Sampiao was a master of the vignette, creating musical dramas or novellas that play out in three to five minutes, pregnant with metaphors and vivid imagery. But he wasn’t just a brilliant lyricist. Beginning in the 1960s, the whole world over had no shortage of brilliant lyricists who wrote boring music. Sampaio’s gifts for melody and for using his voice to maximum effect are impeccable. (Although his guitar playing may have been technically rudimentary – he once said in an interview “I play guitar like a person who doesn’t know the erogenous zones makes love to a woman…” This album was produced by Raul Seixas, with whom Sampiao participated on a kind of underground ‘supergroup’ called “Sessão das Dez” a few years earlier, credited to the Sociedade de Grã-Ordem Kavernista (comprised of Sérgio and Raul, Edy Star, and Mirium Batucada). But while that album is saturated in lysergic irony and chaos, this album is focused and coherent. You can hear where Sampaio’s compositional style and vocal delivery had a profound influence on the early records by Seixas, who would take it’s nuance and delicacy and inject it with his oversized Dionysian personality and the cryptic pseudo-mystical ramblings of Paulo Coelho’s lyrics. “Eu quero botar meu bloco na rua” certainly has it’s moments of psychedelia, like the spaced-out “Viajei De Trem” and production flourishes scattered throughout, but it’s always in the service of a very precise, sophisticated vision. There isn’t a superfluous or self-indulgent note anywhere on this album. The orchestrations of strings, horns, harps and Moogs and are flawlessly mixed and never overdone. Seixas surely deserves some credit for this, as he employed some of these same production ideas on his own albums from this period (check out that opening horn riff of “Labarintos Negros” and tell me it doesn’t sound like like pure Raul). Musically and lyrically Sérgio could straddle the humorous, melodramatic, and deadly serious and often leave you wondering which is which. There are no bad songs on this album but some gems shine particularly bright. “Filme de terror” (leave the children with the neighbors!), the idiosyncratic sambas “Cala a Boca Zebedeu” and “Odete,” and the aforementioned “Viajei de trem” and the title cut. Over the last week I’ve been playing the beautiful track “Eu Sou Aquele Que Disse” over and over. It’s as close to a love song as you’ll get on this album.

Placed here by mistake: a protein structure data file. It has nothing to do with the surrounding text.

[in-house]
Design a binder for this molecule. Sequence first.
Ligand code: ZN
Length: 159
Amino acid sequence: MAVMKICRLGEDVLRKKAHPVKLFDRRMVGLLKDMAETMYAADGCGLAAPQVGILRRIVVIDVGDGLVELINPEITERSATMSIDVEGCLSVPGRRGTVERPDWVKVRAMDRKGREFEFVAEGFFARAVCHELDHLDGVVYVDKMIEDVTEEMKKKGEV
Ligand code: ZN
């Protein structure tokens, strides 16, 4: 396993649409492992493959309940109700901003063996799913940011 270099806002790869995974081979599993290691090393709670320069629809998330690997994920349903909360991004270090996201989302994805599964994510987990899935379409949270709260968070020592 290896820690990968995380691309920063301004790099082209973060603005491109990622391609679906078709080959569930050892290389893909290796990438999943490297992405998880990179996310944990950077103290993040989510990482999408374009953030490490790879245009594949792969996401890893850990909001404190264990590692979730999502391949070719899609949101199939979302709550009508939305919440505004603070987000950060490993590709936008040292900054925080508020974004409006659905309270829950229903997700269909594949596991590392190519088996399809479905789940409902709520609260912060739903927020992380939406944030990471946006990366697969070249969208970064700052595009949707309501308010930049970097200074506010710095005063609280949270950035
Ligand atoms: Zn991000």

This record is strangely and shamefully out of print. Original vinyl copies are hard to come by, 1980s repressings are out there but usually overpriced, and the last time (maybe the only time?) it was released on CD was this Samba & Soul series. Ricardo Garcia usually does a very nice mastering work, but he really outdid himself on this one. A mastering engineer’s job often involves having to crank out a large volume of work in short space of time and I sometimes imagine the engineer being on autopilot, keeping themselves alert with coffee and maybe only half listening to an album as they tweak and adjust their settings. Not so with this album – it sounds to me like Garcia and project director Charles Gavin had a special affection for this album and probably spent a bit more time on it. The one glaring exception is the track “Da Maria de Lourdes,” which has had a heavy noise filter applied to it that mangles the higher frequencies. You should be able to hear this without any kind of fancy playback equipment, but if you pop on a pair of headphones you’ll really hear it. It’s too bad because it’s a blemish on what is otherwise a very gratifying remaster. And kudos to them for reprinting the entire lyrics featured on the inner sleeve of the LP.